Who Was Jake Sullivan?Oct 8th, 2013 | By Admin | Category: Community News, History
By Ted Ensminger & Cynthia Francis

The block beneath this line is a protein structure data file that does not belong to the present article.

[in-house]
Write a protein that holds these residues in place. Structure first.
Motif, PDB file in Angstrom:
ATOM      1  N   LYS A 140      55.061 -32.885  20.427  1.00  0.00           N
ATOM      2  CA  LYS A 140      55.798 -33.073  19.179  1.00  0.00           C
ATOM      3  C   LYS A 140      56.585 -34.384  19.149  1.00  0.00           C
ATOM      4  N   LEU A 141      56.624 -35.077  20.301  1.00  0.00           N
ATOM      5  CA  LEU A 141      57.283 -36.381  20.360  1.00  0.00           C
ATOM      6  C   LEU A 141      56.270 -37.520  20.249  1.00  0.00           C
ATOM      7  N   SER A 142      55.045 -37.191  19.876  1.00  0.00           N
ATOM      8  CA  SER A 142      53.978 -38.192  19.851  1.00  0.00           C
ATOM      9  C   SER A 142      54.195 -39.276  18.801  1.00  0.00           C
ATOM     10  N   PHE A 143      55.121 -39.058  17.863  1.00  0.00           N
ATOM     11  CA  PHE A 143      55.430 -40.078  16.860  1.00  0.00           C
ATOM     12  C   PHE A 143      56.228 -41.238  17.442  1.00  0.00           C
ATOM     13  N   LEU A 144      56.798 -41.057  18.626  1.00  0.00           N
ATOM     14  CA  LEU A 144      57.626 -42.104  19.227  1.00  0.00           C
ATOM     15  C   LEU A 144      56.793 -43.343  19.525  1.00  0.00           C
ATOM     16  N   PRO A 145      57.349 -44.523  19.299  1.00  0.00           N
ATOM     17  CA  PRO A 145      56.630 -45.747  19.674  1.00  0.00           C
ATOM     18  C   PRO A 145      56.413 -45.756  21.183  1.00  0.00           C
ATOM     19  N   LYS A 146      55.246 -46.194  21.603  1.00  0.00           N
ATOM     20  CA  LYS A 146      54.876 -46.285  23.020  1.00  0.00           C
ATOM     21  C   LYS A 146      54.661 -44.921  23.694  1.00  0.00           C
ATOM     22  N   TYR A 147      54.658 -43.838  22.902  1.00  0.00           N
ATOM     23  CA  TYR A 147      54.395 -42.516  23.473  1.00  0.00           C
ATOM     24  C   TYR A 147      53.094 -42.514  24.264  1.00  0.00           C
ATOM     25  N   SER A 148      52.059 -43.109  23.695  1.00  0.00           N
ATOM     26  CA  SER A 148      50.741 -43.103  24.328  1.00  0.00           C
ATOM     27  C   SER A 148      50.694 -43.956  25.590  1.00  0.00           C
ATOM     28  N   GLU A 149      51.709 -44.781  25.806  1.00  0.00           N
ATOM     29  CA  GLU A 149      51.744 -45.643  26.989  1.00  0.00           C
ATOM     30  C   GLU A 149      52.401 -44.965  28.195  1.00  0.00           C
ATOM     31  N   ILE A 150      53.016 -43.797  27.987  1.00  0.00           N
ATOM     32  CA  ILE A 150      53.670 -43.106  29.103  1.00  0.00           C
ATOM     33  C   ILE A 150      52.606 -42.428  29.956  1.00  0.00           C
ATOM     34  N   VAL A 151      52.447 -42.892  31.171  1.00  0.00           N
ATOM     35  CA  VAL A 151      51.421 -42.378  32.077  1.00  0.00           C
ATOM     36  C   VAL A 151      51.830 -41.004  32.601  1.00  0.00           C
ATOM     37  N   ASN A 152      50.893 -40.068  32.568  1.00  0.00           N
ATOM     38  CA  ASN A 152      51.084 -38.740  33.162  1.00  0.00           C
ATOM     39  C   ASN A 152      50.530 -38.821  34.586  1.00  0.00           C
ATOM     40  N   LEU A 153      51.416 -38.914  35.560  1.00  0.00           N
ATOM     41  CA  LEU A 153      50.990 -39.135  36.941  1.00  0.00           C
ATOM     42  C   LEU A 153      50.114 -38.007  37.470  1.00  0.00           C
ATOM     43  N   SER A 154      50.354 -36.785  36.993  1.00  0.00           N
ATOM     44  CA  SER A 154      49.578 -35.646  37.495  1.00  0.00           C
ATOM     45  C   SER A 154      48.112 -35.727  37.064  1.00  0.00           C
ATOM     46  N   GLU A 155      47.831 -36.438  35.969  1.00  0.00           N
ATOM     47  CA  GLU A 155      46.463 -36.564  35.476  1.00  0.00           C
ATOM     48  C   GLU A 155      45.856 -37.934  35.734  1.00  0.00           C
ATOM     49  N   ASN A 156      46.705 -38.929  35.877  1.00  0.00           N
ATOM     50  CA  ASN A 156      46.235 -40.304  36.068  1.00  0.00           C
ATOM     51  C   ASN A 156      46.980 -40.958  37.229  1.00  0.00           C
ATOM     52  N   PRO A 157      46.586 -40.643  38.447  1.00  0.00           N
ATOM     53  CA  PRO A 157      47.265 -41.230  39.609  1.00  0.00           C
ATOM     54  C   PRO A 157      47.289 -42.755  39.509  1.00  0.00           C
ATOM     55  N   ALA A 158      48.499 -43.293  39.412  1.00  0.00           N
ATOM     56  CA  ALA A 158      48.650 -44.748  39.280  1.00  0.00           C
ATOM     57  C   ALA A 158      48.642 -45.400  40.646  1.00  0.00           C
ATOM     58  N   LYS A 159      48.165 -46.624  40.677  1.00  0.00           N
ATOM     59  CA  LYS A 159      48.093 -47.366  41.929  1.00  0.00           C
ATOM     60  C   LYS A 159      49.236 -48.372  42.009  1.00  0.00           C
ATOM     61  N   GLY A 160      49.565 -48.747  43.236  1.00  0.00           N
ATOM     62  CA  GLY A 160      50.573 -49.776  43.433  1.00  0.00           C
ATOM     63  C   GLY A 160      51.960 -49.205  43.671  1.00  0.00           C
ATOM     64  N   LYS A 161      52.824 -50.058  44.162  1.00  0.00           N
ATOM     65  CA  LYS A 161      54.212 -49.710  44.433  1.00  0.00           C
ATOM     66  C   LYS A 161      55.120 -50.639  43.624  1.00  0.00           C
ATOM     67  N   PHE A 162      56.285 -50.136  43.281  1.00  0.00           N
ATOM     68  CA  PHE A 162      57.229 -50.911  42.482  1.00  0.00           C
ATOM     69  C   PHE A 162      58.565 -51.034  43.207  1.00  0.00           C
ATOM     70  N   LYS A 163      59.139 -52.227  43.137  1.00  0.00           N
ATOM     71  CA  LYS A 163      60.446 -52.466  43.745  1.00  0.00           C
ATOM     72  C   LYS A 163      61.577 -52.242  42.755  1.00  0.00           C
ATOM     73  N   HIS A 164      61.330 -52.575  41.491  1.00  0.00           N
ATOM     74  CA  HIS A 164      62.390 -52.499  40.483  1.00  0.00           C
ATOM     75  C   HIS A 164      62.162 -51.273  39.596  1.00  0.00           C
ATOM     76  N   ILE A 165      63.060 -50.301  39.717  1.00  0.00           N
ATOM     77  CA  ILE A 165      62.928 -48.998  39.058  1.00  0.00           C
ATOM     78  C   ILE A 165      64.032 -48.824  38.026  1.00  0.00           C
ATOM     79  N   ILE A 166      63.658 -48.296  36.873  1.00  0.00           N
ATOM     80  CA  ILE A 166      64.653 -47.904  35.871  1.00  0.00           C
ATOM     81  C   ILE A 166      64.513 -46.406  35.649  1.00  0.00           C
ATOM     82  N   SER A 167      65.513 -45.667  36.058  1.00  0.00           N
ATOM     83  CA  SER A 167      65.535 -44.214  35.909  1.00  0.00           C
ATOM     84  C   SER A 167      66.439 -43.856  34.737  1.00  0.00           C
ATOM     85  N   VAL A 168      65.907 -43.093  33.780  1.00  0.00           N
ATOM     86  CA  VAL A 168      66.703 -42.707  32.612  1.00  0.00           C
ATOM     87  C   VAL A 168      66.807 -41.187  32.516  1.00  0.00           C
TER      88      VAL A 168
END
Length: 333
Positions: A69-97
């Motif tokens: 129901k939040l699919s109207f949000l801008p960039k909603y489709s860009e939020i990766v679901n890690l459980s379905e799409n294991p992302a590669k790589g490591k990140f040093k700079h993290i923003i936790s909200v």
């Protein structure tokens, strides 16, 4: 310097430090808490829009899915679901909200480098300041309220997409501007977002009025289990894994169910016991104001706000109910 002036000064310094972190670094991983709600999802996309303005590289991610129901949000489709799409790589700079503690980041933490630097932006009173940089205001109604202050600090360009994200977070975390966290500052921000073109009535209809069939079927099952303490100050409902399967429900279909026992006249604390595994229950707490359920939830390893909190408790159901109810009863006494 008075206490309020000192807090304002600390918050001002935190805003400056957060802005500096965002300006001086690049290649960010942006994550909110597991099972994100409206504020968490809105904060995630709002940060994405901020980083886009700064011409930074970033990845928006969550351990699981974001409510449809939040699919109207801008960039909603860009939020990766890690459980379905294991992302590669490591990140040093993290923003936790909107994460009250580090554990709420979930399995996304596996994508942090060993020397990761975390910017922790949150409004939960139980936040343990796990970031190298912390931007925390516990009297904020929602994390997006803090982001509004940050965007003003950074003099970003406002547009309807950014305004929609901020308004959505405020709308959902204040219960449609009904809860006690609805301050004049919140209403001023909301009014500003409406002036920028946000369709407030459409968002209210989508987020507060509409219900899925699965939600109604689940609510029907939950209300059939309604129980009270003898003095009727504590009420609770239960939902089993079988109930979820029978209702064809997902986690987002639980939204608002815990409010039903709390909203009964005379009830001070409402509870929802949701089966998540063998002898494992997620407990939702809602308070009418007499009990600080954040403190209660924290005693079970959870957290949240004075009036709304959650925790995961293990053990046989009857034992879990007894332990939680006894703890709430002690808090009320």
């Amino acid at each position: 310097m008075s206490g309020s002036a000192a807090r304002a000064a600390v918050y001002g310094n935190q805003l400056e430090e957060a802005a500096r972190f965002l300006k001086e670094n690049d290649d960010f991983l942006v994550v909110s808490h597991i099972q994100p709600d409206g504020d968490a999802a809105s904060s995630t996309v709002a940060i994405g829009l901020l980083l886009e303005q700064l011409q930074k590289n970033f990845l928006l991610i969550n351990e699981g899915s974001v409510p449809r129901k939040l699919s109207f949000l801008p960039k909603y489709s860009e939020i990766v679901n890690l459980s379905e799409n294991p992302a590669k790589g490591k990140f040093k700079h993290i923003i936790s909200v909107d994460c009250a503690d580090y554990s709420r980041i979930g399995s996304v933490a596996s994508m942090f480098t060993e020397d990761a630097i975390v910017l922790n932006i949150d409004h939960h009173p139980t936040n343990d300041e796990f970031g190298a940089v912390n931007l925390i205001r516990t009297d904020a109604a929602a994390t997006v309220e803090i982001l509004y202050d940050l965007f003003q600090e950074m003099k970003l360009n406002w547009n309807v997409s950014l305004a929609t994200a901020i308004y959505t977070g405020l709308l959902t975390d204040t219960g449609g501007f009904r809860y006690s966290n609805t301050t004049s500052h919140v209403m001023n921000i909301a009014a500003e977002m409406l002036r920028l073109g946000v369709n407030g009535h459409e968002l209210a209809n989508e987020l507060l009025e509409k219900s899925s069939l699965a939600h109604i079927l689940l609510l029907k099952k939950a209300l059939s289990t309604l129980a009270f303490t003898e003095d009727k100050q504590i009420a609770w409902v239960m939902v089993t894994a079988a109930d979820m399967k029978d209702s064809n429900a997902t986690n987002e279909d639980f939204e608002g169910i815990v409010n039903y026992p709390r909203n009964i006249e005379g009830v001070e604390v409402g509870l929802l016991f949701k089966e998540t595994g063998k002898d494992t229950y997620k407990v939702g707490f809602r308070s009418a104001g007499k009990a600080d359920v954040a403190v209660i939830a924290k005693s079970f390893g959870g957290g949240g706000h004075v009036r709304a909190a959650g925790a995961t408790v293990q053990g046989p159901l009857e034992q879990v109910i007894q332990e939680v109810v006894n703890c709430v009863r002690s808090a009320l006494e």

Every year, for nearly two-and-a-half decades now, sportsmen, golfers and dear friends have gathered in October at the Madison Country Club to celebrate an extraordinary young man’s life. His name was Jake Sullivan. Jake left quite a legacy in Madison. Although much has changed since the January day in 1990 when young Jake took leave of this life, those who knew him are determined that he won’t be forgotten. Folks new to our area, those who didn’t get the chance to meet him, however, might well wonder “Who was Jake Sullivan?” Well, as Rock Fraleigh so eloquently explained last week, “You can’t tell a lie about Jake Sullivan. No matter what you say, it’s true!” Jake was born here in Madison County, in January of 1960, to Jimmy and Liz Sullivan. To say that he was an outgoing, imaginative, even somewhat rambunctious, young man would be a huge understatement. He was also quite a sportsman, and he loved the outdoors, the sun, hunting, fishing, and ,of course, golf. The Sullivans’ family property connects to the south side of Madison Country Club, so it might naturally follow that Jake would grow up with a golf club in his hand. Golf was an important part of his life. His dad, Jimmy, was also an avid golfer, as is one of Jake’s younger brothers, Jarrod. Former Madison County resident, Sim Cave, had known Jake Sullivan since they were kids. “I’ve got a million stories,” he said. “If people did not know Jake personally, it might be hard to relate to him. He could sometimes be unpredictable. If he was coming over, and got a better offer to have more fun, then, chances are, he’d not show up. But if you ever needed him, he was always there.” One might have called Jake mischievous, too. It wasn’t too hard to spot that characteristic behind his lively smile. “Greenville was playing Aucilla in basketball,” remembers Cave, “when Jake caught a live possum and placed it on the Greenville team’s bus while they were playing. You should have seen them scramble off that bus with that possum running loose in there! Everyone got a big laugh out of that prank!” Cave also laughingly recalls that, for years, Jake and his buddies would meet on Wednesday nights at the family property on the Withlacoochee River. “We’d cook burgers, play some cards, tell a few stories over a beer or two. Instead of going to Wednesday night supper at church, we went to Jake’s!” “Every time I come back to Madison,” Cave says, “I go by the cemetery and say hello to Jake. I still feel like I can see him in the woods or out on the water.” Jake was born with a mole on his chest; nothing that would normally cause concern. While he played around with his puppy in 1988, however, the dog somehow managed to scratch the mole, setting in motion the events that would take Jake from us, and forever change the lives of many people. After the mole became infected, it changed in size and color, and was consequently removed. Routine biopsy showed it was malignant. Jake was diagnosed with melanoma in late 1988, when he was 28 years old. Fourteen months later, at only 30 years of age, he was gone. Every time this writer asked someone about Jake, they bowed their head and shook it regretfully. To a man, they responded that his was a life taken too soon. Jake was full of life, and he showed it to everyone, every day. His funeral was standing room only. “Afterwards,” Jarrod Sullivan said, “dozens of people came up to me and said, ‘I was Jake’s best friend.’ That was the way Jake made everybody feel; like they were all his best friends! He was always there for you. He never met a stranger. Everyone had a Jake story; some good,” Jarrod chuckled, “and some not so good.” It is Jarrod’s opinion that Jake was a great big brother. It was Jake who first took him to play golf, and to duck hunt. There’s little doubt that Jake influenced his younger sibling’s professional career, as well. Jarrod became a golf pro in Lake City, and owned his own retail golf shop. Jake graduated from Aucilla Christian Academy and attended Valdosta State University for a couple of years. “But,” his brother says, “He lived at the Country Club!” The Sullivans’ made every attempt to find medical help for their son. In 1989, Jake’s family learned of a doctor in Athens, Greece who had notable success in treating late-stage cancer. His success rate was said to have been in the 70 percent range. They were scheduled to see the doctor in September of 1989, but the doctor had to delay their appointment. They were able to re-schedule, and flew to Athens in January 1990. It was too late. Jake died there in Greece. That year, in October, the very first Jake Sullivan Golf Tournament took place, raising money for the American Cancer Society. Jake is also remembered for his creativity. He performed a “rap” song he concocted about some of his friends at Madison Country Club. Here’s a sample of his lyrics, at least the clean ones: “Billy Sullivan is kin to me, he used to change my diapers when I was only three.” He also sang “Big ‘Bubba’ Howerton, he’s big and bad, he makes #1 tee look like a launching pad. He’s a nice guy, he’s not mean, he likes double cheeseburgers and chocolate ice cream.” Jake liked to end each stanza about a buddy with the chorus line “There’s no place he would rather be, than golfing with his brothers at the MCC!” Many of us, as we go through life, are lucky enough to know a “Jake,” someone with an invincible spirit, who fills our lives with joy and memories, but is taken from us too soon. Perhaps the Jake Sullivan Golf Tournament is not only a way for those who knew him to continue sharing love for him, but a way for all of us to remember our “Jakes”. The 24th Annual Jake Sullivan Golf Tournament is scheduled for Oct. 19 and 20 at Madison Country Club. Friday is a free practice day for participants. Entry fee includes dinner and dance Saturday evening. For additional information, or to sign up, call Madison Country Club at (850) 973-2788.